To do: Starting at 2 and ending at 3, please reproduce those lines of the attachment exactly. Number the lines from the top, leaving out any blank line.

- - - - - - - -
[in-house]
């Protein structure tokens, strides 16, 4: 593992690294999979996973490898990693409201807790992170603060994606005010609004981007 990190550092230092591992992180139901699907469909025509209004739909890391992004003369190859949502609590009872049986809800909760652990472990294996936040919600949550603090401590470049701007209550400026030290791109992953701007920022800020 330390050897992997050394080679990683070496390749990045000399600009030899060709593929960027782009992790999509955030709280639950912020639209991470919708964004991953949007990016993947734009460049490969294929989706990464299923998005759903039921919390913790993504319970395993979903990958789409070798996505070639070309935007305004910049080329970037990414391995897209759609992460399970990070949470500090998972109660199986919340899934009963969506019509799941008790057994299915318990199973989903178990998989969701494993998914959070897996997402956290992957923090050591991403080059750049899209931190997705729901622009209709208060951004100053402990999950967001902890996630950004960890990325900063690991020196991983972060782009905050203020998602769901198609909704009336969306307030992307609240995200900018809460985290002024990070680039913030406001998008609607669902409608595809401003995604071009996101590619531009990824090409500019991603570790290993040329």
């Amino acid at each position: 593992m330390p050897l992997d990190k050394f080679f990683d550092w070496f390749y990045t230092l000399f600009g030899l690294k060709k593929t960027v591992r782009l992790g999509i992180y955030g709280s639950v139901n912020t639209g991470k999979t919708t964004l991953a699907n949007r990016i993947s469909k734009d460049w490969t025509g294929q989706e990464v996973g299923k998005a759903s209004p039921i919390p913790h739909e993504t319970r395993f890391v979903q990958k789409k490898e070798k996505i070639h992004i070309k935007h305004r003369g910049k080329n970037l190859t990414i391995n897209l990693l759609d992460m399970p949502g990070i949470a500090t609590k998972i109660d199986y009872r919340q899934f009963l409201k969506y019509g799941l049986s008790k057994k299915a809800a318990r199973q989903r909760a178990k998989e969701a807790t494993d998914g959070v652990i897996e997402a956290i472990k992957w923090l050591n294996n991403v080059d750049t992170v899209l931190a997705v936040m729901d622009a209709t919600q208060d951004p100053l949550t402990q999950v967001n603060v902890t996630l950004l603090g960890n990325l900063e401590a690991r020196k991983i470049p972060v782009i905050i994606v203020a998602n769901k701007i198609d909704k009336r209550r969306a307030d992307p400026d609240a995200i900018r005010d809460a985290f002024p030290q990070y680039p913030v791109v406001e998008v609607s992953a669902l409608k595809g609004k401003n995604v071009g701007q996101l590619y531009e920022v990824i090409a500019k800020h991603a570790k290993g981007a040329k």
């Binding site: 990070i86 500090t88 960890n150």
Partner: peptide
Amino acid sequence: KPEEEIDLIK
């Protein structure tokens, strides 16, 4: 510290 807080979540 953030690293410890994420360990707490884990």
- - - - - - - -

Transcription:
């Protein structure tokens, strides 16, 4: 593992690294999979996973490898990693409201807790992170603060994606005010609004981007 990190550092230092591992992180139901699907469909025509209004739909890391992004003369190859949502609590009872049986809800909760652990472990294996936040919600949550603090401590470049701007209550400026030290791109992953701007920022800020 330390050897992997050394080679990683070496390749990045000399600009030899060709593929960027782009992790999509955030709280639950912020639209991470919708964004991953949007990016993947734009460049490969294929989706990464299923998005759903039921919390913790993504319970395993979903990958789409070798996505070639070309935007305004910049080329970037990414391995897209759609992460399970990070949470500090998972109660199986919340899934009963969506019509799941008790057994299915318990199973989903178990998989969701494993998914959070897996997402956290992957923090050591991403080059750049899209931190997705729901622009209709208060951004100053402990999950967001902890996630950004960890990325900063690991020196991983972060782009905050203020998602769901198609909704009336969306307030992307609240995200900018809460985290002024990070680039913030406001998008609607669902409608595809401003995604071009996101590619531009990824090409500019991603570790290993040329």
């Amino acid at each position: 593992m330390p050897l992997d990190k050394f080679f990683d550092w070496f390749y990045t230092l000399f600009g030899l690294k060709k593929t960027v591992r782009l992790g999509i992180y955030g709280s639950v139901n912020t639209g991470k999979t919708t964004l991953a699907n949007r990016i993947s469909k734009d460049w490969t025509g294929q989706e990464v996973g299923k998005a759903s209004p039921i919390p913790h739909e993504t319970r395993f890391v979903q990958k789409k490898e070798k996505i070639h992004i070309k935007h305004r003369g910049k080329n970037l190859t990414i391995n897209l990693l759609d992460m399970p949502g990070i949470a500090t609590k998972i109660d199986y009872r919340q899934f009963l409201k969506y019509g799941l049986s008790k057994k299915a809800a318990r199973q989903r909760a178990k998989e969701a807790t494993d998914g959070v652990i897996e997402a956290i472990k992957w923090l050591n294996n991403v080059d750049t992170v899209l931190a997705v936040m729901d622009a209709t919600q208060d951004p100053l949550t402990q999950v967001n603060v902890t996630l950004l603090g960890n990325l900063e401590a690991r020196k991983i470049p972060v782009i905050i994606v203020a998602n769901k701007i198609d909704k009336r209550r969306a307030d992307p400026d609240a995200i900018r005010d809460a985290f002024p030290q990070y680039p913030v791109v406001e998008v609607s992953a669902l409608k595809g609004k401003n995604v071009g701007q996101l590619y531009e920022v990824i090409a500019k800020h991603a570790k290993g981007a040329k």